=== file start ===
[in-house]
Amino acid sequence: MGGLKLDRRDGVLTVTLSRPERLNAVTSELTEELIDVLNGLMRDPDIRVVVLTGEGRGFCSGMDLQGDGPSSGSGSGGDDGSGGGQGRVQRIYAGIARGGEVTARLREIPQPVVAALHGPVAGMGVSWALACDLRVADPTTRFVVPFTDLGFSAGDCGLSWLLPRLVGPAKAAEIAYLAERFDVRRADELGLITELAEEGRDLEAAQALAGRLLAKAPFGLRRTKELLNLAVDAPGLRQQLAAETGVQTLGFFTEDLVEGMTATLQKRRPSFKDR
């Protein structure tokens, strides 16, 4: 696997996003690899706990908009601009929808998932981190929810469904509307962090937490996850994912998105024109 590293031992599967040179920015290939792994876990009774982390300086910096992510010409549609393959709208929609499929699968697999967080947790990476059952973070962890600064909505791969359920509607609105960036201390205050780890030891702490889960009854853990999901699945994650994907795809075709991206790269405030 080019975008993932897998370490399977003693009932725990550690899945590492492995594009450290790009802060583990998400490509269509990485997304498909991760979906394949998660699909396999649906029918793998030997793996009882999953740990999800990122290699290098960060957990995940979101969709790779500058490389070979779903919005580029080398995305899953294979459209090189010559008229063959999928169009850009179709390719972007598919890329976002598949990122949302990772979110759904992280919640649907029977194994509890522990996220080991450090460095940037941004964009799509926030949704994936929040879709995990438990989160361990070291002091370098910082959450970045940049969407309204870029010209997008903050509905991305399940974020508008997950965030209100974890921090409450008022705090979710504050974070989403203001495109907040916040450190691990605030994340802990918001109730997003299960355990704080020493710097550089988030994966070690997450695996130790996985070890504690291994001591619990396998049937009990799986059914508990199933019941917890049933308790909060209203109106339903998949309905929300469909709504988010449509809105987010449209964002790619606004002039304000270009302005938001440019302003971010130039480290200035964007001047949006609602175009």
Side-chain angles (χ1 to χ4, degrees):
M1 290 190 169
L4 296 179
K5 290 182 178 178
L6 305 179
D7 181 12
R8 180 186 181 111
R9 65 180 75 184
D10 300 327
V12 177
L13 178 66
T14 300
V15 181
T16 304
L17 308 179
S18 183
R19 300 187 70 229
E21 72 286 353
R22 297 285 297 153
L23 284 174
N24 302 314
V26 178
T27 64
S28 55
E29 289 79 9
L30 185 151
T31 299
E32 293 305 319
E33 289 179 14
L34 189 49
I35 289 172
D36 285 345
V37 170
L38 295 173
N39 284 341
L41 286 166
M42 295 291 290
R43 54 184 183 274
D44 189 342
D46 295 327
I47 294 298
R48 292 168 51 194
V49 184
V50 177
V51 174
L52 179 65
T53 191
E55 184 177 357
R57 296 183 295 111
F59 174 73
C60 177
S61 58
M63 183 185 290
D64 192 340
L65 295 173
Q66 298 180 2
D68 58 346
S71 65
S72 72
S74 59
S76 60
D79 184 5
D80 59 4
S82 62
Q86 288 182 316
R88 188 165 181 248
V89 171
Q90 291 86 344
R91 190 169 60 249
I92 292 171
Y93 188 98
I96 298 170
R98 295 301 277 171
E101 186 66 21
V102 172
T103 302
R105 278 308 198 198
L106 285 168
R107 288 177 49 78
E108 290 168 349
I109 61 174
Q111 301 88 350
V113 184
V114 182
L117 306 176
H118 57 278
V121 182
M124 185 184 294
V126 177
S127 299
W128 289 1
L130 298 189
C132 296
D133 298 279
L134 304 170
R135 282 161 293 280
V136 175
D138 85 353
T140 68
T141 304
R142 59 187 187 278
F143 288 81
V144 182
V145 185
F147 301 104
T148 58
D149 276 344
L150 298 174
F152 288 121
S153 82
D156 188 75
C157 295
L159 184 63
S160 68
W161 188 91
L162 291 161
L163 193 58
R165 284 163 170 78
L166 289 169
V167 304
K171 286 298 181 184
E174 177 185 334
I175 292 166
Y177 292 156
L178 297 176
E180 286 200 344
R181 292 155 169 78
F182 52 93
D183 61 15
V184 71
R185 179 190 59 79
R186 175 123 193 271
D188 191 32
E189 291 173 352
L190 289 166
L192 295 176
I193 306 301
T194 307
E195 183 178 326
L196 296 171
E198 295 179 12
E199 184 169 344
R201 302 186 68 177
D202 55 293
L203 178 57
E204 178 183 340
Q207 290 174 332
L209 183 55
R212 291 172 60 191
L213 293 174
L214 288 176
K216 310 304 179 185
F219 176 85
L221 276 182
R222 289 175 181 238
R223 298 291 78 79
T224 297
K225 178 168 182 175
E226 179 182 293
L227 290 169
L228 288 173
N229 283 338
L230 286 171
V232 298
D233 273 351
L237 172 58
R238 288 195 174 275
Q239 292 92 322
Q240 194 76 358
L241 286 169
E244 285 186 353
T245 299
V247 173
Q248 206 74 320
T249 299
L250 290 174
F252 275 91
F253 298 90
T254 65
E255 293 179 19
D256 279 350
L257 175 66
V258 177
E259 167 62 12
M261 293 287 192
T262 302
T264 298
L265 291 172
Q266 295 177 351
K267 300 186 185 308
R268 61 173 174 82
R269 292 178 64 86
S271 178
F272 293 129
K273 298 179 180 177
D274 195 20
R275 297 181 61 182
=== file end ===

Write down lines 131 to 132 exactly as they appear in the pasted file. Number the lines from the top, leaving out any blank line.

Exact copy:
F182 52 93
D183 61 15